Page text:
What is a dowager's hump?
A dowager’s hump is acquired due to the combination of many factors, mainly postural defects of the cervical spine. The resulting "hump" is tissue elevation in the region of the most protruding spinous process of the cervical spine (c7). Thickening of the tissue is most often accompanied by hyperkyphosis of the thoracic segment (a rounded back and excessive internal rotation of the shoulders). A common sight is also head protraction in relation to the torso (protrusion of the head forward).
In the past, this problem was identified mainly with middle-aged women. However, due to a significant change in lifestyle and the ever-increasing number of hours spent in front of a computer, telephone or simply in an unhealthy position, the dowager’s hump now affects both women and men, even at a relatively young age.
What symptoms can accompany this condition?
Often at the beginning, the disease can be asymptomatic. At a later stage, in addition to visible effects, the patient can often struggle with:
- headaches, migraines,
- nausea and vomiting,
- backache in the lumbar spine,
- numbness and pain radiating to the upper limbs,
- upper limb weakness,
- burning sensation and numbness around the neck,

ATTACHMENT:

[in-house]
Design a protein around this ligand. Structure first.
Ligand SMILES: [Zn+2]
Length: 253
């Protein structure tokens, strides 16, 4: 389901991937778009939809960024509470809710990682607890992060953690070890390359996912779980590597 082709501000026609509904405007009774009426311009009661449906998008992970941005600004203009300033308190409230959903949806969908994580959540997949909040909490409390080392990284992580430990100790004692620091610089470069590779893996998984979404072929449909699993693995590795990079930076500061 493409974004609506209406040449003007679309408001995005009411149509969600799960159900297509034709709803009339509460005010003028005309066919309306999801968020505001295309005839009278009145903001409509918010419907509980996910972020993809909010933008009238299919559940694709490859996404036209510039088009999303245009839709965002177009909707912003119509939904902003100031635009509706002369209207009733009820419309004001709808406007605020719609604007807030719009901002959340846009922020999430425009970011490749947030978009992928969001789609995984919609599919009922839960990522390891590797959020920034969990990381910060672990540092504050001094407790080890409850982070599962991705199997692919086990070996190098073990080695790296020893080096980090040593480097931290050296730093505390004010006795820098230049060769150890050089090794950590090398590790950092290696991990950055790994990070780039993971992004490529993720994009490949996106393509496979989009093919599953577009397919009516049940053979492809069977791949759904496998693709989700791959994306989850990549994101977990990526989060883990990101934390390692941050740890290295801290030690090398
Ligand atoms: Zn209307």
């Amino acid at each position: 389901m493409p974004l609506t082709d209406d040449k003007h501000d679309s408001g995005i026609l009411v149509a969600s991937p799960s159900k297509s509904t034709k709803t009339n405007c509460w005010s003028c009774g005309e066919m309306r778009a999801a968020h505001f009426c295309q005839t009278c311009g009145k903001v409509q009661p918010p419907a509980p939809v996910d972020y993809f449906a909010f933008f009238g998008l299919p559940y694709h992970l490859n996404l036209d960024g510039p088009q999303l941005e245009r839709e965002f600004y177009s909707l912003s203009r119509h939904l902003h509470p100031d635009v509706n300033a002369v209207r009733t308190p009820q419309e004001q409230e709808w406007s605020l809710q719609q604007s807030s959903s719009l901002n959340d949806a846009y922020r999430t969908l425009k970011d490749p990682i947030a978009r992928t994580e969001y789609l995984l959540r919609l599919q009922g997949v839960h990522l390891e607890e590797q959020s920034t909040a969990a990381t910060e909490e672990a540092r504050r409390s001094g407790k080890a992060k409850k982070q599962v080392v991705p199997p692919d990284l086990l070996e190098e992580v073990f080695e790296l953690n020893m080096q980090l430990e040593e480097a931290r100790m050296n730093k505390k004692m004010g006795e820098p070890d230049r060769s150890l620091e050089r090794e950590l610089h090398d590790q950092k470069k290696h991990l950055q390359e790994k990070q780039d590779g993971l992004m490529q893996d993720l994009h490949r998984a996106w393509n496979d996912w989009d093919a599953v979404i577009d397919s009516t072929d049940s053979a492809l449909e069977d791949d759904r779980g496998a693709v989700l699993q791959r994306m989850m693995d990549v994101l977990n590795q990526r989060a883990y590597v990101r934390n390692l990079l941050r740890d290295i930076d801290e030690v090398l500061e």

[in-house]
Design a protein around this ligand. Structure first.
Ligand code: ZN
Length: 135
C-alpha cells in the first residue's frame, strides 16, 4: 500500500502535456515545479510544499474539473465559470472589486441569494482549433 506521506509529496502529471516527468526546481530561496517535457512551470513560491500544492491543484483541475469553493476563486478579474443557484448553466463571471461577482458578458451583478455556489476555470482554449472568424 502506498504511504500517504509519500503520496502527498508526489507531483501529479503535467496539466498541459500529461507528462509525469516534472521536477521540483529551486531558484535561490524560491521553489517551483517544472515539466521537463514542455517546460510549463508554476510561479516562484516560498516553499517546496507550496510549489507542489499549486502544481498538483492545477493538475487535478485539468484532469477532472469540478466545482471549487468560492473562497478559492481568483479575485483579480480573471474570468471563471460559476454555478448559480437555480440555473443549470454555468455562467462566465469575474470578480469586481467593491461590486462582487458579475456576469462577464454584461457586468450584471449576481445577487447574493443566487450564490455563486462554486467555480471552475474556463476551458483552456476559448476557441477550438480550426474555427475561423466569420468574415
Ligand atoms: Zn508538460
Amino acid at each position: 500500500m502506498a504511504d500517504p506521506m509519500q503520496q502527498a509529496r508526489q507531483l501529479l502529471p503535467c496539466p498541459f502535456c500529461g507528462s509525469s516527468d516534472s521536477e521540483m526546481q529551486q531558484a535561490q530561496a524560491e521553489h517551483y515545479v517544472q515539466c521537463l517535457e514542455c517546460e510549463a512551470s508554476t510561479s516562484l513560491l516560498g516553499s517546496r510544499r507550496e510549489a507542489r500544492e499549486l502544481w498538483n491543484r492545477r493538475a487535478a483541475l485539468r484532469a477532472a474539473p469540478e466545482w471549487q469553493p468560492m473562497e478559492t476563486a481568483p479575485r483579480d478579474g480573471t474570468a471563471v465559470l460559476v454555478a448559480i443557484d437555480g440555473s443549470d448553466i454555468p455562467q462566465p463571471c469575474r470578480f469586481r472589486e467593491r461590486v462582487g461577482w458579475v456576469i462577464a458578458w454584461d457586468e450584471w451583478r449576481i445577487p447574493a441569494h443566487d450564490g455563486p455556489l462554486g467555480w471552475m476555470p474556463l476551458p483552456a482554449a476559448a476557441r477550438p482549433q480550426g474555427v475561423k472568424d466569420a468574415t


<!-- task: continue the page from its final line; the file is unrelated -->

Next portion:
- bruxism (teeth grinding or jaw tension).
The sources of problems with the cervical segment can be many and they are definitely diverse, in most cases they are:
- incorrect body posture - muscle overload in the cervico-thoracic spine,
- upper junction syndrome (muscular imbalance of the shoulder girdle),
- TH4 syndrome,
- prolonged sitting position, resulting in contracture of neck extensors,
- aspects of psychological nature affecting body posture - crossed arms, slouching,
- long-term stress that affects muscle tension,
- lack of physical activity,
- genetic factors (effect on cervical spine structure, less resistance to deformities),
Effective treatment - corrective exercises
The treatment of "dowager’s hump" is a complex process. In the first phase of treatment, the exercises are aimed at stretching excessively tense muscles. Often at this stage, relaxing massages, acupuncture, acupressure or kinesio taping are used to support the treatment. In addition, the patient is instructed on how to configure his workplace, an orthopedic pillow and prevention of maintaining incorrect posture are recommended. In the next stages of treatment, strengthening exercises, fascial therapies and a pool are used. To reduce haemostasis, weight reduction through aerobic exercise and diet is an important part of treatment.
It is worth noting that exercise and physical activity can have a positive effect on the patient, regardless of the stage of the disease. Performing appropriate exercises and self-therapy (self-therapy) can improve a patient's quality of life and, above all, slow down the development of the disease.
In some more complicated cases, however, it is necessary to use invasive methods of treatment, which may involve surgery.